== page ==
The Savannah City Council is turning to beer.
The council was scheduled to vote Aug. 8 to pass an ordinance that will allow Savannah breweries to host educational tours and tastings.
"The ordinance is simply the state law that is already currently in effect," said Carly Wiggins, marketing director for Southbound Brewing Co. "All the other breweries in the state follow this state law. Technically, when you get your state license to brew you are automatically allowed to do tours and tastings - it's a part of that license."
Since Southbound is the only production brewery in Savannah, there were no city ordinances about brewery tours being permissible. Although this permission technically defaults to the state, the Southbound crew, including brewmaster Smith Mathews, decided to present the city with the ordinance last fall to adopt it into city regulations.
"This meeting is for them to determine whether they will allow us to function as every other brewery in every other city in the state of Georgia. There are about 30 brewery tours in Georgia each week. Those tours bring in around 3,800 people to participating breweries each week," Wiggins said.
These educational brewery tours are not only a marketing asset for the brewery, but also help the local economy because people who visit "then go out to local restaurants and bars to request the product they've already sampled here," Wiggins said.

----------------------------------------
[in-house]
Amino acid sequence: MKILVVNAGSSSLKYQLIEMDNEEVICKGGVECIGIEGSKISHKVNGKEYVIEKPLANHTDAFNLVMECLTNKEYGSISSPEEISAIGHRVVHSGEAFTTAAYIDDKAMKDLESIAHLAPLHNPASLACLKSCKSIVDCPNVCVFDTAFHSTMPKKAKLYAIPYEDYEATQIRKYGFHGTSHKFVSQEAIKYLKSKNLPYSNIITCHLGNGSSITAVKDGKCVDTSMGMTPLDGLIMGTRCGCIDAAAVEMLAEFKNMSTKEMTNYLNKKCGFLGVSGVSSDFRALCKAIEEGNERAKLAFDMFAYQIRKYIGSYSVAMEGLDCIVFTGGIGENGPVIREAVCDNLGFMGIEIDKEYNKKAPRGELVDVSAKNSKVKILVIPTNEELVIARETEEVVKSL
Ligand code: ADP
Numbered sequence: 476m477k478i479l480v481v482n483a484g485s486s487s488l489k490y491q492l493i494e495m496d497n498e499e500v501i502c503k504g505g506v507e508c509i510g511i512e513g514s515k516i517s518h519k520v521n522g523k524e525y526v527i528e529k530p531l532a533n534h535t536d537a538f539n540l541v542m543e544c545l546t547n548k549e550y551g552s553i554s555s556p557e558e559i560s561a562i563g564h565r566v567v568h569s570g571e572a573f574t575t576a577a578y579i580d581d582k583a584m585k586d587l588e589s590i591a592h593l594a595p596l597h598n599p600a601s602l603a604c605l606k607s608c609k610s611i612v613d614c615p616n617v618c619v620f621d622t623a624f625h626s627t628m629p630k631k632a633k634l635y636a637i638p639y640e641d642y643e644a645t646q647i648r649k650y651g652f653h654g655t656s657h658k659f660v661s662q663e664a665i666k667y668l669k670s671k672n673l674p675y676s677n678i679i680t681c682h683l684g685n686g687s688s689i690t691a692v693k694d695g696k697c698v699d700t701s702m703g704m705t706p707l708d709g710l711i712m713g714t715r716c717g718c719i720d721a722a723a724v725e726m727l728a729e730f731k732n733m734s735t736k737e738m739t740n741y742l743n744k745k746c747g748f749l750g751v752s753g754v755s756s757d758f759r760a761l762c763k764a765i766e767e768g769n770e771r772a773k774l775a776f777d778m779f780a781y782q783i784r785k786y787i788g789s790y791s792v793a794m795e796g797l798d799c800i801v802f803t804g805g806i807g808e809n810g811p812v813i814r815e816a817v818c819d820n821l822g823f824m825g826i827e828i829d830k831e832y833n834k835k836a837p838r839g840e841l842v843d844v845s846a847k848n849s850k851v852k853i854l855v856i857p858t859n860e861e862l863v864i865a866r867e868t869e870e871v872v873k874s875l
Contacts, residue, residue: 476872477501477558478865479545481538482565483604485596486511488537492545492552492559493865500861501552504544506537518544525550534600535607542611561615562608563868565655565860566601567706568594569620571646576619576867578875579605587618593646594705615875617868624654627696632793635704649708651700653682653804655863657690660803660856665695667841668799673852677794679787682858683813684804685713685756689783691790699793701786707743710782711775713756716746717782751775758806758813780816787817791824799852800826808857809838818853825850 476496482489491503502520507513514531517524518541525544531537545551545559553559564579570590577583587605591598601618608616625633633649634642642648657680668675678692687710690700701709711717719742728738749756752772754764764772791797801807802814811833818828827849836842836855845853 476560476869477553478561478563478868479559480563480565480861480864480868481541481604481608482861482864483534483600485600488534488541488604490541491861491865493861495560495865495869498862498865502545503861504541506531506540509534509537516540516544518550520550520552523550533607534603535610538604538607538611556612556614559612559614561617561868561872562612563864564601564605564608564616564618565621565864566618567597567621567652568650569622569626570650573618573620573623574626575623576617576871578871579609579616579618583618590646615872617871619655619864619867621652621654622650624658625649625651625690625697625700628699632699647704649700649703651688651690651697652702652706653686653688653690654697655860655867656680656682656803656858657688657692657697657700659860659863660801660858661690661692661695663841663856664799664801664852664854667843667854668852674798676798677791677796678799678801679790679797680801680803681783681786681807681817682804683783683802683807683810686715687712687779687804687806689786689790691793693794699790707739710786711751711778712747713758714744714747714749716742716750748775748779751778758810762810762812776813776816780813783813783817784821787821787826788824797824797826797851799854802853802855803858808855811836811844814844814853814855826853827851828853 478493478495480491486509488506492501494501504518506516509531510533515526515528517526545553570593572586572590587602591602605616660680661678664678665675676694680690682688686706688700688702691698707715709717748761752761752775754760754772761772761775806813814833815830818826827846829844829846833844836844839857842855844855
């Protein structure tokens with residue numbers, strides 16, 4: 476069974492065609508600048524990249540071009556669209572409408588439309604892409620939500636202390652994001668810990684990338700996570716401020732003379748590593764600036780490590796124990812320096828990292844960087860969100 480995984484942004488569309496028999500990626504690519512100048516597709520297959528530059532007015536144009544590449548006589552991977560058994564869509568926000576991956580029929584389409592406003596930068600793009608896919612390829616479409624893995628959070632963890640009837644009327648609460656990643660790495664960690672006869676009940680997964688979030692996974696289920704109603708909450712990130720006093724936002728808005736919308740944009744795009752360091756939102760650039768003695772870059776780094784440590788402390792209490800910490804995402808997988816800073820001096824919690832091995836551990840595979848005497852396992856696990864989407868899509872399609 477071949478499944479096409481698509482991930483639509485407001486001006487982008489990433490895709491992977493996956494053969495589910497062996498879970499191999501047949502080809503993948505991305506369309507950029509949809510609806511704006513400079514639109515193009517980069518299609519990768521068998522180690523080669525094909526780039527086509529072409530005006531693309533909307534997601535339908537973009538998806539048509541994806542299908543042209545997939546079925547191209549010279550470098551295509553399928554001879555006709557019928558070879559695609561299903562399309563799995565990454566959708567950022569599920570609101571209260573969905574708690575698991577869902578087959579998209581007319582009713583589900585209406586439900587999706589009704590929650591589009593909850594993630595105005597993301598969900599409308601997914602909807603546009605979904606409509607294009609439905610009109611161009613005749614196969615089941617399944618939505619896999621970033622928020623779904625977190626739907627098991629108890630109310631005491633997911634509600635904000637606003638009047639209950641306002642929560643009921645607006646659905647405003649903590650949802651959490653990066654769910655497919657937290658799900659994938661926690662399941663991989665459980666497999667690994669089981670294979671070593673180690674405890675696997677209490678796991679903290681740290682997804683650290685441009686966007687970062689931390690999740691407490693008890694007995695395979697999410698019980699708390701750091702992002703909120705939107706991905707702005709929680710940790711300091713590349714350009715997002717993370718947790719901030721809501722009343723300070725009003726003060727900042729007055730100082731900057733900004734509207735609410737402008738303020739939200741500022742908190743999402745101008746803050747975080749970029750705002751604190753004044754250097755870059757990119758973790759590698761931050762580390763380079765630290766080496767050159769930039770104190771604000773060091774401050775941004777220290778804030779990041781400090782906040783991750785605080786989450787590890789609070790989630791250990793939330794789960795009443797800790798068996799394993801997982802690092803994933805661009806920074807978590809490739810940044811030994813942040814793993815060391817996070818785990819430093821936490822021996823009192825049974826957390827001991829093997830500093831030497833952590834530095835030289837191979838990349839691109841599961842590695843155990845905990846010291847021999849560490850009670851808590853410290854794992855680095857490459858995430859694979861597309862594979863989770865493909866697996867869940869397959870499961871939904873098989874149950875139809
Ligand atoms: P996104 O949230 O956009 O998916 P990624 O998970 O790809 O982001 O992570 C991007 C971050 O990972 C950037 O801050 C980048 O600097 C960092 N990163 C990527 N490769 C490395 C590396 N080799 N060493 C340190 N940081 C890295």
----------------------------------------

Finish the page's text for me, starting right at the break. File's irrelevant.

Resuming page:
These tours would allow people to see the facility, have a better understanding and appreciation for the process and meet the brewers, who are artists in their own right.
"Many people have the misconception that we will be opening a bar," Mathews said. "The tours are for educational and marketing purposes. We will be giving a tour to everyone in attendance, showing them the brewing process and telling them our story."
Part of the city's requirements for these tours to be considered equated to $30,000 in updates for the facility, more stringent regulations than for some breweries nationwide that are already giving brewery tours. As a startup that's already poured millions into their business, Southbound turned to Indiegogo, a popular crowdfunding platform, to rally backing from the community and other supporters.
"As a startup, we have limited funds available. All of our sales profits are being put right back into the company. Indiegogo is the perfect campaign platform for startup business seeking funding and in return offer great perks. It gives funders the opportunity to help us out and be a part of it, rather than just supporting us through drinking our beer," Mathews said.
"You can already see the community's support by how much we've fundraised. It's a way for everyone to be a part of the brewery and to help out a small business," Wiggins said.
So far, the campaign has raised about $8,500, and the fundraiser ends Aug. 24.
Over the past few years, Savannah has been on deck to become a legitimate beer city thanks to the Savannah Craft Brew Fest, the new Beer Growler store, beer dinners at places like Blue Turtle Bistro and great craft and import beer menus at The Distillery, World of Beer and Jen's and Friends, among others.
However, to tap into the lucrative craft beer market and truly be considered a destination for beer, brewery tours are the next logical step.